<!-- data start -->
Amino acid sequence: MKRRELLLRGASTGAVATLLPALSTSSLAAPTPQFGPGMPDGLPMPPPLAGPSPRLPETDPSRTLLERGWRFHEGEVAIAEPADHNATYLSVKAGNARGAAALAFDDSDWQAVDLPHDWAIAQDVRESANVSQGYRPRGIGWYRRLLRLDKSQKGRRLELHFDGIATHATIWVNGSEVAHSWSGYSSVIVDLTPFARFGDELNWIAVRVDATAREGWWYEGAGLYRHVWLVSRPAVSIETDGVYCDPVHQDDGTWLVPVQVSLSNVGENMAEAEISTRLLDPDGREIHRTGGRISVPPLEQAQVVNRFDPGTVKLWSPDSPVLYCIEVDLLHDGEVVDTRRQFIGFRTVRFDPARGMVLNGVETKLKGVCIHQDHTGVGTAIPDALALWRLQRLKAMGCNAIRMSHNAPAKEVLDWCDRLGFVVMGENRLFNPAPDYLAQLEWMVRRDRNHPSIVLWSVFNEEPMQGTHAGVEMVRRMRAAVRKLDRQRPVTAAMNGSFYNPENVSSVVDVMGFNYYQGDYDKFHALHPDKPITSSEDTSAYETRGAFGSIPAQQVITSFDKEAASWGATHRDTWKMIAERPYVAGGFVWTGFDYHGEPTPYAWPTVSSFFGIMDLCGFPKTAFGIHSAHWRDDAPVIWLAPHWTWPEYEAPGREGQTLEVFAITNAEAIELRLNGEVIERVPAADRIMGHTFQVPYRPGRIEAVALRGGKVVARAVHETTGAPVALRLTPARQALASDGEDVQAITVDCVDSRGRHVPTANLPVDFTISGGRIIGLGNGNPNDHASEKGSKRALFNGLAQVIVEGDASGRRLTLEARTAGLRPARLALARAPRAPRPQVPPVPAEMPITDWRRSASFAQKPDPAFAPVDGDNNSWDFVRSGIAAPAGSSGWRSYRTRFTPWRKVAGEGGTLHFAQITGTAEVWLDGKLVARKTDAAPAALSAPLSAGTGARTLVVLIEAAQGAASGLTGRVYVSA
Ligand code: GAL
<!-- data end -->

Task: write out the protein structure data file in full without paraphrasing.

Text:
Amino acid sequence: MKRRELLLRGASTGAVATLLPALSTSSLAAPTPQFGPGMPDGLPMPPPLAGPSPRLPETDPSRTLLERGWRFHEGEVAIAEPADHNATYLSVKAGNARGAAALAFDDSDWQAVDLPHDWAIAQDVRESANVSQGYRPRGIGWYRRLLRLDKSQKGRRLELHFDGIATHATIWVNGSEVAHSWSGYSSVIVDLTPFARFGDELNWIAVRVDATAREGWWYEGAGLYRHVWLVSRPAVSIETDGVYCDPVHQDDGTWLVPVQVSLSNVGENMAEAEISTRLLDPDGREIHRTGGRISVPPLEQAQVVNRFDPGTVKLWSPDSPVLYCIEVDLLHDGEVVDTRRQFIGFRTVRFDPARGMVLNGVETKLKGVCIHQDHTGVGTAIPDALALWRLQRLKAMGCNAIRMSHNAPAKEVLDWCDRLGFVVMGENRLFNPAPDYLAQLEWMVRRDRNHPSIVLWSVFNEEPMQGTHAGVEMVRRMRAAVRKLDRQRPVTAAMNGSFYNPENVSSVVDVMGFNYYQGDYDKFHALHPDKPITSSEDTSAYETRGAFGSIPAQQVITSFDKEAASWGATHRDTWKMIAERPYVAGGFVWTGFDYHGEPTPYAWPTVSSFFGIMDLCGFPKTAFGIHSAHWRDDAPVIWLAPHWTWPEYEAPGREGQTLEVFAITNAEAIELRLNGEVIERVPAADRIMGHTFQVPYRPGRIEAVALRGGKVVARAVHETTGAPVALRLTPARQALASDGEDVQAITVDCVDSRGRHVPTANLPVDFTISGGRIIGLGNGNPNDHASEKGSKRALFNGLAQVIVEGDASGRRLTLEARTAGLRPARLALARAPRAPRPQVPPVPAEMPITDWRRSASFAQKPDPAFAPVDGDNNSWDFVRSGIAAPAGSSGWRSYRTRFTPWRKVAGEGGTLHFAQITGTAEVWLDGKLVARKTDAAPAALSAPLSAGTGARTLVVLIEAAQGAASGLTGRVYVSA
Ligand code: GAL